Modeling of Heat Generation in Spin Welding
Spin welding is a common joining process for plastic parts with circular joints such as insulated cups and bowls, filter housings, and valves. In this process, heat is developed from surface friction as one part is revolved about the axis of the joint, resulting in a high linear speed. Finite element analysis (FEA) of the process can provide insight into potential mechanical deformation or failure under load that may compromise the weld, as well as aid in determining proper process parameters to achieve sufficient heating for a good weld. In this work, an approach to predict the weld temperature has been investigated and compared to measured results.
The Effect of Argon Plasma Irradiation On 3D Scaffolds For Bone Tissue Engineering
Tissue engineering using 3D scaffolds is an alternative to bone repair techniques that are currently used, such as autografts or allografts for bone non-union. Plasma irradiation is used as a sterilization method and can alter the surface topography of the scaffolds. We have prepared 3D scaffolds composed of poly(lactic-co-glycolic)acid (PLGA) and nanohydroxyapatite (nHA) using thermally– induced phase separation (TIPS) and 3D-plotting (3DP) techniques. We have also performed experiments to study murine stem cell adhesion to scaffolds that have been plasma irradiated. The scaffolds that were plasma irradiated with argon gas had ~140% more cell adhesion compared to untreated scaffolds.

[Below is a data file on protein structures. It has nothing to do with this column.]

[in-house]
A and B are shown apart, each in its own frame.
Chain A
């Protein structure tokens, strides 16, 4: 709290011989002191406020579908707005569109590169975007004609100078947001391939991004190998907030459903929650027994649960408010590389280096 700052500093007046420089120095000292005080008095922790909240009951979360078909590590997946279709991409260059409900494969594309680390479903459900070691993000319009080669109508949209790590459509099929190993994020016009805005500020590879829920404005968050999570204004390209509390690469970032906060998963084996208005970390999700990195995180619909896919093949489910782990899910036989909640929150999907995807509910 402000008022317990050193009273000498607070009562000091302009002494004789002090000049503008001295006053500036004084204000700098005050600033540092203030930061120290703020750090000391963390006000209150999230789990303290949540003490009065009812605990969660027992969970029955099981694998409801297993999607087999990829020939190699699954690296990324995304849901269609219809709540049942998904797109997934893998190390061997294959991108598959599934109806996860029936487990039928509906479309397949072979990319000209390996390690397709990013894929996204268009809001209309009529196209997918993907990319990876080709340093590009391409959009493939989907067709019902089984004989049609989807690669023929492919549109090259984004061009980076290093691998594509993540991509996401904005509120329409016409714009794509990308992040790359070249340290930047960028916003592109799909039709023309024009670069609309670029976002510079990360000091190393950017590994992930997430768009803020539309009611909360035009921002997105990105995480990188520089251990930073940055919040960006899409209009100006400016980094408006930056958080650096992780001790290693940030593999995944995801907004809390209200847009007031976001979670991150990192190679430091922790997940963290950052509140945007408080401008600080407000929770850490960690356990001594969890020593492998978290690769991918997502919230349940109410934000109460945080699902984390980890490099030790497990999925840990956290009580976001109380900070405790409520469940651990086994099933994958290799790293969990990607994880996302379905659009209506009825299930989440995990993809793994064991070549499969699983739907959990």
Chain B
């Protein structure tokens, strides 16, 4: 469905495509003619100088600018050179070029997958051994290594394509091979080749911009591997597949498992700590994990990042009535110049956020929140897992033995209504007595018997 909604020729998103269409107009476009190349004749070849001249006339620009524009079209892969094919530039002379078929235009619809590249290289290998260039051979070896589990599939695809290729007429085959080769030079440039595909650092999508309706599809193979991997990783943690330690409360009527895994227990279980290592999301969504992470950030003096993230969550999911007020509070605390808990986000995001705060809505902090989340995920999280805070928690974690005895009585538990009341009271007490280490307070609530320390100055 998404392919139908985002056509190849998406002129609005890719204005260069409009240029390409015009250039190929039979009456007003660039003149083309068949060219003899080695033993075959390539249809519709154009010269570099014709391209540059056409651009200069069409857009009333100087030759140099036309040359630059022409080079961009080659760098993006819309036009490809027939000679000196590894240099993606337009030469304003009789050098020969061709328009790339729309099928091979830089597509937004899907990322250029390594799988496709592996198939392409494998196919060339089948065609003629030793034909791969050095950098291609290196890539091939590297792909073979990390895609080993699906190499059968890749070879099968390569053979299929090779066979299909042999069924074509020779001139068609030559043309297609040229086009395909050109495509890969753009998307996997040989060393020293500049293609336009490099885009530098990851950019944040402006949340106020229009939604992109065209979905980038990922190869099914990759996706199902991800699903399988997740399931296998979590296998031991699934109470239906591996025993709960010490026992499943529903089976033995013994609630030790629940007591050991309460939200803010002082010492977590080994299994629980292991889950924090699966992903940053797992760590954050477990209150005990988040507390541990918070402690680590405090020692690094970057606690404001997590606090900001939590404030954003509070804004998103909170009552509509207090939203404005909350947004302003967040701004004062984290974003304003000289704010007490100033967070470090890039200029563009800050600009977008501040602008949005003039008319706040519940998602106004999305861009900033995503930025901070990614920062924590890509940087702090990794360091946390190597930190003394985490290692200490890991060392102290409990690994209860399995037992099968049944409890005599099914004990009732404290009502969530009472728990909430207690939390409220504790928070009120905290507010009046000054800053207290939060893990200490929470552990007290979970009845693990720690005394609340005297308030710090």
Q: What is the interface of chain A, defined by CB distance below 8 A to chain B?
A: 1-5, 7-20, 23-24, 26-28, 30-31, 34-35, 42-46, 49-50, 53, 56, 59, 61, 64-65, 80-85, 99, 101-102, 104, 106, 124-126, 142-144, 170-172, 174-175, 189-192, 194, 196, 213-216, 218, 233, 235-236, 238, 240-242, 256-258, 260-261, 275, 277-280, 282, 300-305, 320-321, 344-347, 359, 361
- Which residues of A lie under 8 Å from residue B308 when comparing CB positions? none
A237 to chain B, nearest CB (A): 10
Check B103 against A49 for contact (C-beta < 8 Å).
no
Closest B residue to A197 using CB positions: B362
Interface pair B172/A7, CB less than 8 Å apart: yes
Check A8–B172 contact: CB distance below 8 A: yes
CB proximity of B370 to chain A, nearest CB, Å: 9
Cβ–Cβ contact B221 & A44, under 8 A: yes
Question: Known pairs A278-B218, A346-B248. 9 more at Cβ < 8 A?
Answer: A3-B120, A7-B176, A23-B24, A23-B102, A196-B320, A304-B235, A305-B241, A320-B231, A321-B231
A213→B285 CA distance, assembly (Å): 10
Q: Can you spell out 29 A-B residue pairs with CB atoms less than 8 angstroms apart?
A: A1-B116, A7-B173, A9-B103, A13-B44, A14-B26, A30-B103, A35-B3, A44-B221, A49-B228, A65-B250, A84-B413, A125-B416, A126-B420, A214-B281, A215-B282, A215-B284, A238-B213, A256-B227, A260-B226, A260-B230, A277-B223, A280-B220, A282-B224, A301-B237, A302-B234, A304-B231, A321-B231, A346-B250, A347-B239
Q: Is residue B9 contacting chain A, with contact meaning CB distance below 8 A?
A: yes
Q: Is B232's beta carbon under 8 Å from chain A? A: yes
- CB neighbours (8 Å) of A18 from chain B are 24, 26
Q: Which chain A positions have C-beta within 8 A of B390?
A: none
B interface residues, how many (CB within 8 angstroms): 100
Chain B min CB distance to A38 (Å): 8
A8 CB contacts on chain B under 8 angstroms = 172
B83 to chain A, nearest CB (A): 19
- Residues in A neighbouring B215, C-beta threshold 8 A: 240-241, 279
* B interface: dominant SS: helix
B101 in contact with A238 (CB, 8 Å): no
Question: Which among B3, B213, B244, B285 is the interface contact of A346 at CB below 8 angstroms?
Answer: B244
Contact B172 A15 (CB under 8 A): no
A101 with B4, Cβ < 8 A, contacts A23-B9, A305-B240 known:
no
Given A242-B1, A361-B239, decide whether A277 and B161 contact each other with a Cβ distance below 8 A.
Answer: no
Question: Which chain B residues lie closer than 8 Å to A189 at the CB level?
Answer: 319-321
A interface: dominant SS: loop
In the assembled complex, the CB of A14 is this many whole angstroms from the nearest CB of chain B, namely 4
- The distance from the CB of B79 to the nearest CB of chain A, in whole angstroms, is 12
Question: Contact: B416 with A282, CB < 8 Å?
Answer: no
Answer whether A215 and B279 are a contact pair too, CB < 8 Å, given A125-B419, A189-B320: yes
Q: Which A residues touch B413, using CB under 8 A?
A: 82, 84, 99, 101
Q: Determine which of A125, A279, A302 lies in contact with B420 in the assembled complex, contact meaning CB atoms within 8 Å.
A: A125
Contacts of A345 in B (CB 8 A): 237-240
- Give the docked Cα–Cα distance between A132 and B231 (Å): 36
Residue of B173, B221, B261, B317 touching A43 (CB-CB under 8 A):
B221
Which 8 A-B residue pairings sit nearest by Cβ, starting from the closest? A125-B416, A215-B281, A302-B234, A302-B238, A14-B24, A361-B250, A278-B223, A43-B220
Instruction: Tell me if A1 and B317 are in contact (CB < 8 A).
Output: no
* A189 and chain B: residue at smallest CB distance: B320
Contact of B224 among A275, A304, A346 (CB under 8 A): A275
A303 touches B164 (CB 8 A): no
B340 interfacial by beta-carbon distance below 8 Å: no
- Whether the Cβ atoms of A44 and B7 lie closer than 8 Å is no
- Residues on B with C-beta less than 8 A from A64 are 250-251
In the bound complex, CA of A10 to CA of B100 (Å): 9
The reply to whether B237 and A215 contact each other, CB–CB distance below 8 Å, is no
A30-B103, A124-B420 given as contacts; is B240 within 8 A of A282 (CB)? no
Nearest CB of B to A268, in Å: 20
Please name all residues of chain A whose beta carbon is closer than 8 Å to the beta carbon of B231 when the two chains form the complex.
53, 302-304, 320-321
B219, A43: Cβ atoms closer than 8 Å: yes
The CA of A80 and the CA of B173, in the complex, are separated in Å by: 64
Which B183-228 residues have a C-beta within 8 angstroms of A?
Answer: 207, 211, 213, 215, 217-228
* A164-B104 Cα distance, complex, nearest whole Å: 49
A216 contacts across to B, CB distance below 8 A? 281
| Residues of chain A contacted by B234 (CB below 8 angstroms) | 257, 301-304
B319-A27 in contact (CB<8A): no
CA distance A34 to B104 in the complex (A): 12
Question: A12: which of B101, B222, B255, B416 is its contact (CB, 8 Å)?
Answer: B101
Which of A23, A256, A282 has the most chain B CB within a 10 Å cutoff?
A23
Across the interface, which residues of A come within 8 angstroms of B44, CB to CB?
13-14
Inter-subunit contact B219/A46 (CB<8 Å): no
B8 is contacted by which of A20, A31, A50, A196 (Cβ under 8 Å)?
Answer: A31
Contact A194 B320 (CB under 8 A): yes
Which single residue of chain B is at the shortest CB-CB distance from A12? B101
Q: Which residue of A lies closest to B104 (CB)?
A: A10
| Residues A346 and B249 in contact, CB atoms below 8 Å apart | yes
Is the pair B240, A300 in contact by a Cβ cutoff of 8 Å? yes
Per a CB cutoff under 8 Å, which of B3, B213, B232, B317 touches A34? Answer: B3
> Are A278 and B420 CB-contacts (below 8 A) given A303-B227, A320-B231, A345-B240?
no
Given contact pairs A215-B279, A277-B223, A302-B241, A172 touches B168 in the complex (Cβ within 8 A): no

Windows of Opportunities for Single Site Catalyst
What makes company A produce 50,000 tons/year more of the same PE or PP than company B at the same cost? Catalyst, catalyst and catalyst. Very quietly, catalyst research has brought revolution in the plastics industry. So-called single-site catalysts (many of which are metallocenes) are closely guarded secret of alpha-olefin "big guys". A single metal atom held between two carbon rings builds metallocenes. They might look naive but provide greater control over molecular chain length and structure of polyolefins. These polymers are stronger, purer, and clearer. Upon utilizing these catalysts, material suppliers can accurately design tailor-made resins for specific applications.